The government is calling on tech leaders for help in crafting AI legislation
Senate holding a series of bipartisan AI Insight Forums focused on transparency, public trust
The U.S. Senate will hold the second in a series of bipartisan AI Insight Forums on Tuesday, Oct. 24, where senators will hear from some of the most influential tech leaders to help inform regulations around the technology.
This follows last month’s first-ever AI Insight Forum that brought together senators and big tech leaders — including Sam Altman (CEO, OpenAI), Bill Gates, Elon Musk and Mark Zuckerberg — at the U.S. Capitol to discuss the impact and potential threats posed by artificial intelligence.
The forum was preceded by a series of public hearings to regulate AI across areas of privacy, transparency and public trust. One such hearing introduced what is being called the “Bipartisan Framework for U.S. AI Act,” which aims to begin crafting a framework for regulations around AI.
Here are the five points outlined in the proposed framework:
Establish a licensing regime administered by an independent oversight body.
Ensure legal accountability for harms.
Defend national security and international competition.
Protect consumers and kids.
Question: Why are government officials calling on tech leaders for expertise in crafting legislation on artificial intelligence?
Answer: Congress needs to balance growth and regulation in an area that is rapidly evolving. It is very difficult to forecast what types of regulation will be required as technology often evolves in unexpected ways. For example, many in the industry were earlier predicting fully autonomous vehicles on the roads by 2021, yet that did not occur and many of the predicted aftereffects on the economy did not occur either. Here the technologists ran into impediments that prevented progress. On the other hand, the emergence of large language models has proven to be more rapid than expected, which can pose threats to the information space. What is even more difficult is that in both of these examples, the trends could potentially reverse.
Q: How can Congress promote responsibility and due diligence by requiring transparency from the companies developing and deploying AI systems?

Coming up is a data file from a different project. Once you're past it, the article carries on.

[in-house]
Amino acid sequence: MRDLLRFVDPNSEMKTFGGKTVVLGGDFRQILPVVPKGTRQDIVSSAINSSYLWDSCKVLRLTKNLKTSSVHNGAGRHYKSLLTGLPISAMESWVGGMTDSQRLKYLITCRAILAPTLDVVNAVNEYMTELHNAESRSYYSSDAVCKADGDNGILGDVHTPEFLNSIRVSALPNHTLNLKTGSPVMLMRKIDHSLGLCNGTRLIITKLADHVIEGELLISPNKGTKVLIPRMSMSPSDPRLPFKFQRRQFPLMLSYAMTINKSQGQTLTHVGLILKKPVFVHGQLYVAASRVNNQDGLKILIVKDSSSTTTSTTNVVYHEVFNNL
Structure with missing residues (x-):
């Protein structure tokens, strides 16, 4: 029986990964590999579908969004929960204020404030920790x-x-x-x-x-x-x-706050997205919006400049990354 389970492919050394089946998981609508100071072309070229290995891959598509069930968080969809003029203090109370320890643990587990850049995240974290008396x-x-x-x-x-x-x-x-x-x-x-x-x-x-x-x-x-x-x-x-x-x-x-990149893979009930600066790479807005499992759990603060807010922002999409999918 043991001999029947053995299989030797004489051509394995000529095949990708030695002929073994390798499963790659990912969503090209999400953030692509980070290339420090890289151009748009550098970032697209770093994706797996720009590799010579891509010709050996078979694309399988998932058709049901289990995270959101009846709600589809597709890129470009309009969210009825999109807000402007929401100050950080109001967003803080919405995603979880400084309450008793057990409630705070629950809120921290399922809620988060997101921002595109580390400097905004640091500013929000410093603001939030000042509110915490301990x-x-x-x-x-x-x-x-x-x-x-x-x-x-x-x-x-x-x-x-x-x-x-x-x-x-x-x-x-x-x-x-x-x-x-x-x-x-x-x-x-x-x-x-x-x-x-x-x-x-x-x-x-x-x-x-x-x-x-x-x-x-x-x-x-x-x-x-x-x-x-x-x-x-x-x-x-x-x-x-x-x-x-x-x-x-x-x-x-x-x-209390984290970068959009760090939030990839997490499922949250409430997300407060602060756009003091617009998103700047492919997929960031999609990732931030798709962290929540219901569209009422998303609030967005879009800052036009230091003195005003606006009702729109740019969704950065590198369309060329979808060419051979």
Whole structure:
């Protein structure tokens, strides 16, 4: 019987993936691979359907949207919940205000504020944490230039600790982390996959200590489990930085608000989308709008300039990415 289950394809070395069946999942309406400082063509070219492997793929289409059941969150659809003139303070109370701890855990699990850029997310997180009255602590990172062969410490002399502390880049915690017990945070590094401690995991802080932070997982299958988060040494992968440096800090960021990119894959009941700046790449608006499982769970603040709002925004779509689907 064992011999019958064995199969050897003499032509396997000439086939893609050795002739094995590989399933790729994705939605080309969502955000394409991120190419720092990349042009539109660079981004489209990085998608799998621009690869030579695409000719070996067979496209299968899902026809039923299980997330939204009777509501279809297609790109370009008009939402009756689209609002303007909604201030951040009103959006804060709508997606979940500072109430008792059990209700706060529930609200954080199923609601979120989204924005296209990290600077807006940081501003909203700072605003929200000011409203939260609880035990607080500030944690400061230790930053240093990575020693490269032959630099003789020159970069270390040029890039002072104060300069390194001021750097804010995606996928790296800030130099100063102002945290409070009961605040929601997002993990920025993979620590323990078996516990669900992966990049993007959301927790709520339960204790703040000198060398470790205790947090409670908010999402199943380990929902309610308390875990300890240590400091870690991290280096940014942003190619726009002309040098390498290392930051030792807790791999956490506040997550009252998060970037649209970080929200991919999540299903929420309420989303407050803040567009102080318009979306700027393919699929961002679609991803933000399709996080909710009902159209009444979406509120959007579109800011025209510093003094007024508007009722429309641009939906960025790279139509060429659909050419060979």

A: In my view, a key aspect missing in the broader discussion on regulation is how to encourage companies to drive development toward a stronger and more socially acceptable artificial intelligence. For example, many large companies focus AI efforts on advertising, which can produce great profits, but the algorithm's cost of failure is very low. When these ideas get applied to more mission-critical applications, failures start to occur that cannot be resolved by engineering. Congress needs to use regulation to encourage companies to fund research to promote scientific advances in AI safety, fairness, explainability and modularity.
Q: Should the government create a new AI regulator? Or should this be in the hands of existing agencies?
A: AI regulation is not going to be straightforward and likely will be a moving target. For example, the calls to prohibit companies from training models of a certain size without a license may not be effective due to techniques such as neural network distillation that permit smaller models. Further, there are incentives for incumbents to promote regulation as a barrier to entry for startups. As these questions revolve around very specific technical and business concerns, it may make sense to have an AI regulator where such expertise can reside. Additionally, there should be strict ethical guidelines for regulators and separation from those being regulated, as otherwise, we risk such an agency being used to further corporate goals instead of the public good.
Q: How can AI companies boost transparency and the public’s trust?
A: AI companies are currently overinvested in traditional neural architectures that are black box in nature, do not allow for constraints and are not modular. These are inherent limitations to their approach that require scientific advancement as opposed to simply applying engineering efforts or using more computing power. Congress should set requirements that become more stringent over time to force companies to continually invest in these areas.
Q: What are the “safety breaks” that AI companies should be required to implement?
A: The concept of a safety break is somewhat flawed as the current AI systems (e.g., generative AI) cannot enforce stringent constraints, so companies making these systems resort to a variety of tests to determine safety breaks. This differs from standard engineering practices because if a system is not designed to provide a guarantee, the ensuing test plan cannot be created in a rigorous way to ensure that the guarantee can be met. Today, AI firms are designing their systems with no firm guarantees at the model level. Then more ad hoc testing is conducted to determine if there should be any safety breaks, which are then implemented at the product level. This is a fundamentally incomplete way of implementing safety breaks, and it differs greatly from other systems engineered by people.
Q: How would this framework impact AI innovation?
A: Whether regulation is done lightly or not at all, the most advanced AI systems will continue to be for the most profit-producing applications — which almost by definition have a low false-positive cost. Regulation can also go the other direction and implement restrictions in an overly burdensome manner, which will limit innovation — especially for emerging startups without resources to obtain licenses or other certifications. A happy medium will be regulations that are focused on the shortcomings of the profit-producing applications and become more stringent over time — which will drive innovation and result in novel startups that push the science to address newly imposed government requirements.